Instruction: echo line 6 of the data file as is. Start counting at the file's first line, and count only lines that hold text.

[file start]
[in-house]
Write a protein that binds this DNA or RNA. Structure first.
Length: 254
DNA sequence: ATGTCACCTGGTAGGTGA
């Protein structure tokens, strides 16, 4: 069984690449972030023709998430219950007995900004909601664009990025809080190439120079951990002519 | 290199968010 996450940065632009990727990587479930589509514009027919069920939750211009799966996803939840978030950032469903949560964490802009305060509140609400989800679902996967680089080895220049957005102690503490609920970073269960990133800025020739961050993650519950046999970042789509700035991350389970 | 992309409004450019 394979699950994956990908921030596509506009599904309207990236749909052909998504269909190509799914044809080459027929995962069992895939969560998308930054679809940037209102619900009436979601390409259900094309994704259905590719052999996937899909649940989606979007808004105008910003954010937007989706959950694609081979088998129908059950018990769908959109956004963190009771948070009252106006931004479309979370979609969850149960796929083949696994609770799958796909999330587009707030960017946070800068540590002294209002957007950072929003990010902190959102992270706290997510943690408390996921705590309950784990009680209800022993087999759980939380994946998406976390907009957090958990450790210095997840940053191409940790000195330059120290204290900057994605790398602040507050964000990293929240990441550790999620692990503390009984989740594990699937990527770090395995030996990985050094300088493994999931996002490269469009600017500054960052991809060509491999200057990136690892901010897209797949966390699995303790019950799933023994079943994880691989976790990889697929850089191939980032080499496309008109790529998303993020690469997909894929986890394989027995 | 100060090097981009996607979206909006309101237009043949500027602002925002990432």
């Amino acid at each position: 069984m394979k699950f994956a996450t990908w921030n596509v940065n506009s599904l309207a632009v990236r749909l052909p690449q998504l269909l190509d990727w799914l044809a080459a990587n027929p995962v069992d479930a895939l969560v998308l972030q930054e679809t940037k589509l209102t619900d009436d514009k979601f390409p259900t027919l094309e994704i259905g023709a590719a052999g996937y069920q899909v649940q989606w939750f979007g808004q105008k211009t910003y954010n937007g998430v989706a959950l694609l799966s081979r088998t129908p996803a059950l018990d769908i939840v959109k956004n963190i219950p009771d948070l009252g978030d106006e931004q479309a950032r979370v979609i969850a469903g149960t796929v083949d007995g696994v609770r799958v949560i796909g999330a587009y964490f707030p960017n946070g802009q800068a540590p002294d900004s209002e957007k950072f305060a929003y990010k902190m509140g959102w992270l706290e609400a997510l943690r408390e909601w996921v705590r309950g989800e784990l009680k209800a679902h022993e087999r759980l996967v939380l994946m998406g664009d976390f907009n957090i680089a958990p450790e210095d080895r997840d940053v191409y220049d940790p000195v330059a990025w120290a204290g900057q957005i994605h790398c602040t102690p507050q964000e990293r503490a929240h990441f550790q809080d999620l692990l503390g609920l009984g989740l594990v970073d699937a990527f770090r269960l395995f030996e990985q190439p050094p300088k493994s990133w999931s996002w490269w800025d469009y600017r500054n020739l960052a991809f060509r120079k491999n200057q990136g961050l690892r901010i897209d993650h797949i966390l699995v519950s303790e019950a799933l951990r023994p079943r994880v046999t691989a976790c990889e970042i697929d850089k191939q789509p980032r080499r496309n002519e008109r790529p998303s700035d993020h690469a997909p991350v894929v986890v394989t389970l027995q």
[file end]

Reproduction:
């Amino acid at each position: 069984m394979k699950f994956a996450t990908w921030n596509v940065n506009s599904l309207a632009v990236r749909l052909p690449q998504l269909l190509d990727w799914l044809a080459a990587n027929p995962v069992d479930a895939l969560v998308l972030q930054e679809t940037k589509l209102t619900d009436d514009k979601f390409p259900t027919l094309e994704i259905g023709a590719a052999g996937y069920q899909v649940q989606w939750f979007g808004q105008k211009t910003y954010n937007g998430v989706a959950l694609l799966s081979r088998t129908p996803a059950l018990d769908i939840v959109k956004n963190i219950p009771d948070l009252g978030d106006e931004q479309a950032r979370v979609i969850a469903g149960t796929v083949d007995g696994v609770r799958v949560i796909g999330a587009y964490f707030p960017n946070g802009q800068a540590p002294d900004s209002e957007k950072f305060a929003y990010k902190m509140g959102w992270l706290e609400a997510l943690r408390e909601w996921v705590r309950g989800e784990l009680k209800a679902h022993e087999r759980l996967v939380l994946m998406g664009d976390f907009n957090i680089a958990p450790e210095d080895r997840d940053v191409y220049d940790p000195v330059a990025w120290a204290g900057q957005i994605h790398c602040t102690p507050q964000e990293r503490a929240h990441f550790q809080d999620l692990l503390g609920l009984g989740l594990v970073d699937a990527f770090r269960l395995f030996e990985q190439p050094p300088k493994s990133w999931s996002w490269w800025d469009y600017r500054n020739l960052a991809f060509r120079k491999n200057q990136g961050l690892r901010i897209d993650h797949i966390l699995v519950s303790e019950a799933l951990r023994p079943r994880v046999t691989a976790c990889e970042i697929d850089k191939q789509p980032r080499r496309n002519e008109r790529p998303s700035d993020h690469a997909p991350v894929v986890v394989t389970l027995q």